Sit like a sack of potatoes. Your butt
is a pit is a stone fruit settled in its cup
of leather. Your knees turn in just slightly.
Your heels hang low just so. Show
compromise. You kick, she’ll kick. Think
of when you’re weighted with doubt,
or heavier: ownership. How obligation
can be the burden that mires you down
in the muck and manure of responsibility.
Translate work to duty to avoid any misstep
or be hobbled in permanence. Yes, take these
abstractions literally. Think of what it’s like
to cart such weight upon your back all at once,
knowing you shouldn’t gallop freely into low
hanging branches to brush that weight away.
Yes, I mean this literally too. Show trust:
let slack some rein. Don’t error on the bit
as a pestle in the mortar of the mouth.
You want to go, let go. Think ramifications.
A mare does, you know. Have empathy
for this horse that carries the full load of you.
Have respect. Learn to ride with rhythm,
with skill, this creature with the quiet strength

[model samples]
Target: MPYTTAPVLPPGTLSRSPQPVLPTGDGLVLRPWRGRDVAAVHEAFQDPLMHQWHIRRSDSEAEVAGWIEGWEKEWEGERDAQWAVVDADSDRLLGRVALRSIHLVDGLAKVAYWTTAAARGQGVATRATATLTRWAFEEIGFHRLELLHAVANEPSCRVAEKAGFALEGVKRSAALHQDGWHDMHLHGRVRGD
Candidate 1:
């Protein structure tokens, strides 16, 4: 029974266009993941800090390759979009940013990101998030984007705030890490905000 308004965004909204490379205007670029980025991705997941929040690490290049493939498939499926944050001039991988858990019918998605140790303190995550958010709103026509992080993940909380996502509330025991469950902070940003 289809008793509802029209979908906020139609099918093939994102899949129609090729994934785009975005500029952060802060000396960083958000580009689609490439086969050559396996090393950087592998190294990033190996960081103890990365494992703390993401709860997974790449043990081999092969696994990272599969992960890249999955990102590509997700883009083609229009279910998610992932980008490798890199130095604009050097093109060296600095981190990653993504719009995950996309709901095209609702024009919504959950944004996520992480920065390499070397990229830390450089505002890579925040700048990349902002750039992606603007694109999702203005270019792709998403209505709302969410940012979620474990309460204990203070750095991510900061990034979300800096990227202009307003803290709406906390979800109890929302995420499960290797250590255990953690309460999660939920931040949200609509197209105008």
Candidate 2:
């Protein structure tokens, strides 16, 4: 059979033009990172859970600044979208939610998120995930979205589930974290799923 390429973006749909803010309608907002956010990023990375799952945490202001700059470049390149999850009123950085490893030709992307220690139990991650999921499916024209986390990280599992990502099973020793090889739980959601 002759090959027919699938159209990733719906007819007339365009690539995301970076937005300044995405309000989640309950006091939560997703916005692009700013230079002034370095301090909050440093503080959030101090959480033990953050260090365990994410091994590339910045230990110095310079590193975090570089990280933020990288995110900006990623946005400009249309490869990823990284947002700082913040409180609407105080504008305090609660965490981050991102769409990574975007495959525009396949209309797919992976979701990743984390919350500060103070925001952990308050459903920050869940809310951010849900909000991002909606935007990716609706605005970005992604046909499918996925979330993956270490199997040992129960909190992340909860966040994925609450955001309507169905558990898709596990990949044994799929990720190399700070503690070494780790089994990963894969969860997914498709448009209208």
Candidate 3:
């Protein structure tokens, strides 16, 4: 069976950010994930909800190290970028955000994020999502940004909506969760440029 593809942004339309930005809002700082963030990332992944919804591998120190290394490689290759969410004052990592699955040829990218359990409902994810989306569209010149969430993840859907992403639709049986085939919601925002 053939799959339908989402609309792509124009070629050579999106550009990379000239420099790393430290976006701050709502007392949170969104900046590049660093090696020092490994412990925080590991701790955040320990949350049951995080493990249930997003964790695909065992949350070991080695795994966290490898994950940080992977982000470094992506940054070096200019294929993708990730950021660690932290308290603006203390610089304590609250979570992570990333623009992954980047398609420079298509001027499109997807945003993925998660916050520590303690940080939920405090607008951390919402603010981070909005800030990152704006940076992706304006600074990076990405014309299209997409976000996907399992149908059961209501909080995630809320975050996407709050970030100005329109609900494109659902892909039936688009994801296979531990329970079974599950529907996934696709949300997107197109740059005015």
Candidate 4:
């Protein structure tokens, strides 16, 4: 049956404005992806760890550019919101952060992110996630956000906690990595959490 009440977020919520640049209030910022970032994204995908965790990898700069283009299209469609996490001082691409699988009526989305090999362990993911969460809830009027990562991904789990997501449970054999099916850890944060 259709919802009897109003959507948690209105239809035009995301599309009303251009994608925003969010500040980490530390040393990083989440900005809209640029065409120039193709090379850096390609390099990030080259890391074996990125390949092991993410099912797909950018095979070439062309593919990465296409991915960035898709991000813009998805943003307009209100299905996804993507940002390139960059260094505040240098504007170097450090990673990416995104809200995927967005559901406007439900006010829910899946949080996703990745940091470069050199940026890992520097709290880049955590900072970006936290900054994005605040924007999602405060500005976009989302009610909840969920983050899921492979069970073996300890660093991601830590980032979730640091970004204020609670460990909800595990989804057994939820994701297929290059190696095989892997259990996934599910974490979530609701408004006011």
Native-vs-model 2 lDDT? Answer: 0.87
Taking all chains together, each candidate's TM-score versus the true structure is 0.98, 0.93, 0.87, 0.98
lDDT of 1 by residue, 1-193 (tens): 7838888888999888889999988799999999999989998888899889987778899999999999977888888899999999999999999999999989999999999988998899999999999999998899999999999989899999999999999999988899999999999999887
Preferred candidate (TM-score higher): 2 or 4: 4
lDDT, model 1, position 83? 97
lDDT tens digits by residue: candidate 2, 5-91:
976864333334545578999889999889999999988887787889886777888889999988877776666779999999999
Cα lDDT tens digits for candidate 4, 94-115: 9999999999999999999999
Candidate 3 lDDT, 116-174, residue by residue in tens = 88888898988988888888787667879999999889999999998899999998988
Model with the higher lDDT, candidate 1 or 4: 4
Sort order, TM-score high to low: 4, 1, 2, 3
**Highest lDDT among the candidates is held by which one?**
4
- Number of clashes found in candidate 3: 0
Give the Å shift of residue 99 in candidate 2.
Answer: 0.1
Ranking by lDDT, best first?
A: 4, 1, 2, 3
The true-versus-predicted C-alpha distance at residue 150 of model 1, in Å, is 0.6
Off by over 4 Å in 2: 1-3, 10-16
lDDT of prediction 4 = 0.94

to doze while waking and brain capable
of plein air dreams of fescue grasses. Think
about that. Heavy are her hooves. Know this.
She does. She saddles her knowing
with every leadline trot, every bridled canter.
Michelle Menting is the author of Leaves Surface Like Skin (Terrapin Books) and two poetry chapbooks. Her most recent poems, lyric essays, flash fictions & nonfictions have appeared or are forthcoming in Passages North, Cincinnati Review, EcoTheo Review, SWWIM, About Place Journal, Tar River Poetry, and other places. She lives in rural Maine and teaches creative writing and poetry at the University of Southern Maine.